Canada has decided to classify Bisphenol A (BpA) as a toxic substance that poses risks to human health and the environment. It is the first country in the world to take such a tough decision towards a component classified by toxicologists as an endocrine disruptor conveyed through food.
As announced a few weeks ago, the Canadian Ministry of Health and the Environment Ministry have registered Bisphenol A in the list of toxic substances. The decree published on 13 October in the Official Journal of Canada was decided “to protect the environment and citizens’ health, ”said Environment Minister Jim Prentice. Canadian health authorities have been carrying out this crusade against bisphenol for years on the basis of accurate scientific documentation compiled by research centers.
According to the authorities, the main source of human exposure to BPA is food. Over the last few years these suspicions have been shared by researchers and toxicologists from other countries, so much so that several nations have adopted severe measures to limit their use, especially in containers for newborns. Even companies have not remained insensitive to scientific evidence, so much so that today almost all producers no longer use Bisphenol A for baby bottles.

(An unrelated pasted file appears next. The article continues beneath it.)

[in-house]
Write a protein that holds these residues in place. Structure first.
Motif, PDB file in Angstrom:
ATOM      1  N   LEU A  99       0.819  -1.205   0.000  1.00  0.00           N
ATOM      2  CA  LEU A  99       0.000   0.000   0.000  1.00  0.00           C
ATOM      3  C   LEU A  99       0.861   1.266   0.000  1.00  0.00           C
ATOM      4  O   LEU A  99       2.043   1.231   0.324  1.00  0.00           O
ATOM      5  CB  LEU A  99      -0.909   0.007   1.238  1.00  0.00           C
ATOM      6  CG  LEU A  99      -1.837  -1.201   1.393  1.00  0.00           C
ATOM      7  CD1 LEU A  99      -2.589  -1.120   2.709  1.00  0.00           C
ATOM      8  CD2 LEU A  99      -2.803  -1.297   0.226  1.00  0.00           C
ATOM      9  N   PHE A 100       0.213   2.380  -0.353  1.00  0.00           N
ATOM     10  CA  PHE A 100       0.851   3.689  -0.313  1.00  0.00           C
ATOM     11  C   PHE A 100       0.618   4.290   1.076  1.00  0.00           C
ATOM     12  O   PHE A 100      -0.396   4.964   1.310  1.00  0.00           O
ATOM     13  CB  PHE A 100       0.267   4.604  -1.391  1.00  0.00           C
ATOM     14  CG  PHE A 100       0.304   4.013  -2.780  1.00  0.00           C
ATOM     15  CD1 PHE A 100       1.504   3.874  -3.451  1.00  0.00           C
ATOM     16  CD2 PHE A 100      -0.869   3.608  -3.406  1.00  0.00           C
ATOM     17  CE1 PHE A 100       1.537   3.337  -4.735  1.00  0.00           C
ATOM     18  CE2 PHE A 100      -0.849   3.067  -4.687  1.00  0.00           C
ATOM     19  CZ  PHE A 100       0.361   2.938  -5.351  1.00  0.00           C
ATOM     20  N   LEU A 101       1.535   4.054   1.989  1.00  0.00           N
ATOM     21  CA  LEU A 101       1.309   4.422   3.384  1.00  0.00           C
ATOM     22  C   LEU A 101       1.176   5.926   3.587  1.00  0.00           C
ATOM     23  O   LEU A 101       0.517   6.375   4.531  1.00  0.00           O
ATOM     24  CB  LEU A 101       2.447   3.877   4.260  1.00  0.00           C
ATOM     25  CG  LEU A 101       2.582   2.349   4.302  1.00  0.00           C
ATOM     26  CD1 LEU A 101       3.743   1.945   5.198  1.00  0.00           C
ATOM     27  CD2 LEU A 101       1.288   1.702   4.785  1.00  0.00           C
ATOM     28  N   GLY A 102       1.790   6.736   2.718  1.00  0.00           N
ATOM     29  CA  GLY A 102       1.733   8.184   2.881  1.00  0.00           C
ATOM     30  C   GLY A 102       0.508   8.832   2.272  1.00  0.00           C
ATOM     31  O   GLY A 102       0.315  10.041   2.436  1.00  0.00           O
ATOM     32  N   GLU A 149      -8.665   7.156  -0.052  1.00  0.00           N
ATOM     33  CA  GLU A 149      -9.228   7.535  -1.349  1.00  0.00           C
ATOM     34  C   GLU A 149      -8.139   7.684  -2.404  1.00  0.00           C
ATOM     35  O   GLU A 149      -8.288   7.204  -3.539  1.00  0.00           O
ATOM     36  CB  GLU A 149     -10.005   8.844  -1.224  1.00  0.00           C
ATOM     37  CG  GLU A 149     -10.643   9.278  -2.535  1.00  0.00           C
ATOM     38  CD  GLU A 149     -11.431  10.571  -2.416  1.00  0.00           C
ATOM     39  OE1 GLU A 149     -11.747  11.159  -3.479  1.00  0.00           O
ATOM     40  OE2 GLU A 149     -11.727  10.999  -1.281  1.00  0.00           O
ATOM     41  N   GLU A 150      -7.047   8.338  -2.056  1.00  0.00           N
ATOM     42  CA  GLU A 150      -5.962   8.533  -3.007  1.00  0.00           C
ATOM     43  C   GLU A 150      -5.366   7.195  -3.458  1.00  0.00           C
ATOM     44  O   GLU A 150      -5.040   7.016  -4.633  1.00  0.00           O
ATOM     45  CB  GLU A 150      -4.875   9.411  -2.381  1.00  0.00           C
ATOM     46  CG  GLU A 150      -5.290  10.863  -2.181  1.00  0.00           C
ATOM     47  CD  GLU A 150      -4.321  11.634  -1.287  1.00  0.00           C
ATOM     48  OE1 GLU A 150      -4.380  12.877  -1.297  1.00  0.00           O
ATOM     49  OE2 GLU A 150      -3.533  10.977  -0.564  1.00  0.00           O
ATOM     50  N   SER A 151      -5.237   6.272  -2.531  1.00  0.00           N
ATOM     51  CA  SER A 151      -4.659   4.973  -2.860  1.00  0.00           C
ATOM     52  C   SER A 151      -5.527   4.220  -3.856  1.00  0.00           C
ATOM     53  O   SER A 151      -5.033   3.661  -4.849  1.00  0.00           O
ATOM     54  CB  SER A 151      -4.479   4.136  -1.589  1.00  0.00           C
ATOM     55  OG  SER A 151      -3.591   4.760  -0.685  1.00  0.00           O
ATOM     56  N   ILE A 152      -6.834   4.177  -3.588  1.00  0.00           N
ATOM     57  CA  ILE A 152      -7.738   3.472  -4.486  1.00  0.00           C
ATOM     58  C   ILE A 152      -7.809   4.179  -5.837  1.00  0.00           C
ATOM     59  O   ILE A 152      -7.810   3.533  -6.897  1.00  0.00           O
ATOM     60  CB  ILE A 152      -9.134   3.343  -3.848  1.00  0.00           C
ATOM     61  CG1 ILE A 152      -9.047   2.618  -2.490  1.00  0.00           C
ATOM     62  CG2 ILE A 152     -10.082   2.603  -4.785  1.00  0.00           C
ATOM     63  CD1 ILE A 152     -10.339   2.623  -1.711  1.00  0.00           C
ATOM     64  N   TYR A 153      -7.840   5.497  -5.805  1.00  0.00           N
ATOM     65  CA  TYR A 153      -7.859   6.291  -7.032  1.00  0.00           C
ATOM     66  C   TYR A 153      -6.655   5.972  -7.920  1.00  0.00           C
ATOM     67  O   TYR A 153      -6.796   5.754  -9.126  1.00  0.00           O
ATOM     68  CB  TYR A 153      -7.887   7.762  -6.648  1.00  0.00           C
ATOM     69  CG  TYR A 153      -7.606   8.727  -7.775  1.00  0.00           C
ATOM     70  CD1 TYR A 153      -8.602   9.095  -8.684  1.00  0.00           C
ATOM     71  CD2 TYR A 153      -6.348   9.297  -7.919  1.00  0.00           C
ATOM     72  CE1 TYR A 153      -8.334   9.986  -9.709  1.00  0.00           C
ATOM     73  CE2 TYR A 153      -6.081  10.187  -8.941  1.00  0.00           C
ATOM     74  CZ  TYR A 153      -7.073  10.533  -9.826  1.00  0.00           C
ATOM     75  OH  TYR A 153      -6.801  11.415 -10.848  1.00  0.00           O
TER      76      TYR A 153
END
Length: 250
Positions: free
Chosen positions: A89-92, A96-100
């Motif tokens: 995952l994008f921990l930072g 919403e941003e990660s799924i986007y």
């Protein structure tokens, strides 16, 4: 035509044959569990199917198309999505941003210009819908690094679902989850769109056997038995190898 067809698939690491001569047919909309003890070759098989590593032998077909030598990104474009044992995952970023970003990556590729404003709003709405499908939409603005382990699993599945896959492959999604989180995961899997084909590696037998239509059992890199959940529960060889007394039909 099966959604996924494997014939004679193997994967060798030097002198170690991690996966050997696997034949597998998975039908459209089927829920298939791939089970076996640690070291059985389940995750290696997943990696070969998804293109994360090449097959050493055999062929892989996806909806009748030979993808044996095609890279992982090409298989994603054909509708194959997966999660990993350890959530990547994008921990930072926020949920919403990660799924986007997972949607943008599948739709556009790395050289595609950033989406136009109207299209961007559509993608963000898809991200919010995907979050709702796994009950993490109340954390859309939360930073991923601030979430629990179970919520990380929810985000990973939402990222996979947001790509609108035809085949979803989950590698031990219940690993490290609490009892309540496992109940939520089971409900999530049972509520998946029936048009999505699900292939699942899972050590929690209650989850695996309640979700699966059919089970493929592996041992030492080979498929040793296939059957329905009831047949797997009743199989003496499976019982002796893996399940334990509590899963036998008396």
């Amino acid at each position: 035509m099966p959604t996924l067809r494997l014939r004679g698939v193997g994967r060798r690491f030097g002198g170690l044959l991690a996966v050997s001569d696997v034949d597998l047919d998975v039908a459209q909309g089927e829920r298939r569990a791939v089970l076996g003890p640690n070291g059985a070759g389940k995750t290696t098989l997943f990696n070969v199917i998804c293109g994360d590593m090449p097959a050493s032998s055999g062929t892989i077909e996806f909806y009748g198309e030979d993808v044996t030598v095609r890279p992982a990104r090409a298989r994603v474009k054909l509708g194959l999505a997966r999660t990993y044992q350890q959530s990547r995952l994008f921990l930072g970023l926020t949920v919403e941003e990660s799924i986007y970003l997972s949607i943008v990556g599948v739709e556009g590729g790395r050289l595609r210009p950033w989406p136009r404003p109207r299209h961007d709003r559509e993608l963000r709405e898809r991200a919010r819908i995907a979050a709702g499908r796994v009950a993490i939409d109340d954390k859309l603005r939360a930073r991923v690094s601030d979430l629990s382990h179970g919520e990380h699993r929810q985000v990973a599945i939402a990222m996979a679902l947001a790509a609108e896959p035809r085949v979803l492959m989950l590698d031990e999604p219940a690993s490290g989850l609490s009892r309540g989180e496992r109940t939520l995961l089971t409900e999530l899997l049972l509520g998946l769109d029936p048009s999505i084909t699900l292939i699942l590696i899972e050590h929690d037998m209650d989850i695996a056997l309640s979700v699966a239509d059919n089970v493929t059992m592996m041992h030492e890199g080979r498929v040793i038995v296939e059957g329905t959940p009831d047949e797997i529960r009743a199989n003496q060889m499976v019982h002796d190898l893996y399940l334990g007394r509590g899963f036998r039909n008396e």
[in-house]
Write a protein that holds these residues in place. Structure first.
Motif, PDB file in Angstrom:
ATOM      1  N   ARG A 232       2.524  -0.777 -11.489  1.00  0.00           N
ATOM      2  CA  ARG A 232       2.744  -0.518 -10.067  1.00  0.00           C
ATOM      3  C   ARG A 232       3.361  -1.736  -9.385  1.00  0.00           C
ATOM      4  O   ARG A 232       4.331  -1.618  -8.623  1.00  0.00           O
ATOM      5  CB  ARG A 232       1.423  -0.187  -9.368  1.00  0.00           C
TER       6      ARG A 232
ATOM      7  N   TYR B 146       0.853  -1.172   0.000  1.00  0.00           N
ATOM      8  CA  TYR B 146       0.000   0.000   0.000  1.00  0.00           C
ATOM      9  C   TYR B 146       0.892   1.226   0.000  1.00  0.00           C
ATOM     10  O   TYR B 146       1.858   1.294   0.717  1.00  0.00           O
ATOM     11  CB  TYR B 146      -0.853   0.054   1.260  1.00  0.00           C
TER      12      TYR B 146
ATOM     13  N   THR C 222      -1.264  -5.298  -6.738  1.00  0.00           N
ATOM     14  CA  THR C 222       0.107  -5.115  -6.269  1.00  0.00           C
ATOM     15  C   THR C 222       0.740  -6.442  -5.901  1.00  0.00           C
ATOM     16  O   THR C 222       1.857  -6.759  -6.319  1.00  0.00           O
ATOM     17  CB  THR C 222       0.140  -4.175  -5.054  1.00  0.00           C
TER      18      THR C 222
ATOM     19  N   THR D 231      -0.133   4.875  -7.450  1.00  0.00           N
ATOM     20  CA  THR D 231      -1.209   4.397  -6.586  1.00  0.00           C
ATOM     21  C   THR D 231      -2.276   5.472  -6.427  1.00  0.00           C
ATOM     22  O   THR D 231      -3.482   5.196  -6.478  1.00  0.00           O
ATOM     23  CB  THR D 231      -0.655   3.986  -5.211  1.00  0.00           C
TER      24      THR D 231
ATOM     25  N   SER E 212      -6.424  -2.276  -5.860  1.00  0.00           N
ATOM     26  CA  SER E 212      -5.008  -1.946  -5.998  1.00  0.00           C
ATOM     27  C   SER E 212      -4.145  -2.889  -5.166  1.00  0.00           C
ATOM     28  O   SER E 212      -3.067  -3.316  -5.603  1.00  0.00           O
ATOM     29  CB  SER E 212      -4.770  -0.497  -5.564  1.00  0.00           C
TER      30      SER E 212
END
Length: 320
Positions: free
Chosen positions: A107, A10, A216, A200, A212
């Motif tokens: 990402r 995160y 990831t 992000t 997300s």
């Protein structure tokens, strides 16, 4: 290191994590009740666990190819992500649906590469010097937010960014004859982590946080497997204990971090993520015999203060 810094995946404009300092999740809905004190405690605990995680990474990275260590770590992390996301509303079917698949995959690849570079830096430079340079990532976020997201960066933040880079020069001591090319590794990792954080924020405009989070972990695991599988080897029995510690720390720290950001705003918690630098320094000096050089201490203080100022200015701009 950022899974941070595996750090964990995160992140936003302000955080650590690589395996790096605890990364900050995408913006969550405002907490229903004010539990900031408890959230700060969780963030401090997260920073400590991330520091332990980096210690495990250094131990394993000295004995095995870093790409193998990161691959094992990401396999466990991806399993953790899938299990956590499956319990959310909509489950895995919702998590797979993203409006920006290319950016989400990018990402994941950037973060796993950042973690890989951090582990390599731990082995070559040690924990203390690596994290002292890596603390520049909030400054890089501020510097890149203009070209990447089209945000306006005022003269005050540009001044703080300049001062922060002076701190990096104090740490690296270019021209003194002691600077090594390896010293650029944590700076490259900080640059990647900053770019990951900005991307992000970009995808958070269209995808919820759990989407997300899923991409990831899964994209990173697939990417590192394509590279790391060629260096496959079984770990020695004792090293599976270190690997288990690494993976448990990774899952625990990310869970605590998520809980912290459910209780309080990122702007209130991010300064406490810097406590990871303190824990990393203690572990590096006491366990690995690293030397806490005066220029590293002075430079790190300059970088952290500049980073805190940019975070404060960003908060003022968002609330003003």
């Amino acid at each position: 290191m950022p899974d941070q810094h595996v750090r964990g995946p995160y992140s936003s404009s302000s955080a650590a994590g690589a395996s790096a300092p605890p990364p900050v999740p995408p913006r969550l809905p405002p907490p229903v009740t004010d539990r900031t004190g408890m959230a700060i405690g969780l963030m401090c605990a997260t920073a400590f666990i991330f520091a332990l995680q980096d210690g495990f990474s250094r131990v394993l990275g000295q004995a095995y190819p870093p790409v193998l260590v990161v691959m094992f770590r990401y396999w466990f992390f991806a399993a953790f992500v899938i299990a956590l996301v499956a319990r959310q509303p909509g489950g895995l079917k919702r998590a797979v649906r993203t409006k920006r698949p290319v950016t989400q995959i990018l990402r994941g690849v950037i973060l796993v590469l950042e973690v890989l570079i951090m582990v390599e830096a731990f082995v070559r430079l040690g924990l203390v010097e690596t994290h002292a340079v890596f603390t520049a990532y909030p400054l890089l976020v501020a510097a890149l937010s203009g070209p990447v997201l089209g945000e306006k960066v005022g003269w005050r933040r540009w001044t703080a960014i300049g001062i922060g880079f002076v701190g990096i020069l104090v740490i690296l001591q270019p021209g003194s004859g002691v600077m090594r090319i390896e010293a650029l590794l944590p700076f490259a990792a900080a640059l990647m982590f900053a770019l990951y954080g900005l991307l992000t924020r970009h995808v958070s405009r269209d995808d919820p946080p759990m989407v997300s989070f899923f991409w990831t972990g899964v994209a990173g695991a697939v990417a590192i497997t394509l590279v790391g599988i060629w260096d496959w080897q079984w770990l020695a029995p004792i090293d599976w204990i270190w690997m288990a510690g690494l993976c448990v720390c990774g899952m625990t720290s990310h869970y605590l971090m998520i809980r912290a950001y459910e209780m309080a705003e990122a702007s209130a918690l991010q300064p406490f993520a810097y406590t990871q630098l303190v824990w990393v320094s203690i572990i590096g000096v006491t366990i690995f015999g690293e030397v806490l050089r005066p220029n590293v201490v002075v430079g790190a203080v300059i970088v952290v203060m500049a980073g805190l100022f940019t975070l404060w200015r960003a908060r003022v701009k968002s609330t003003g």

On the basis of international pressure, the American FDA also had to rework its position. In Europe, EFSA on 30 September 2010 confirmed the tolerable daily dose (TDI) for bisphenol A established in 2006, but also highlighted serious areas of uncertainty regarding toxicology, declaring itself ready to review the opinion when better data become available. . The areas of uncertainty highlighted by EFSA could justify a rethinking process also in Europe, which could in turn lead to precautionary measures against a substance that many researchers indicate as a possible risk for the fetus and the newborn.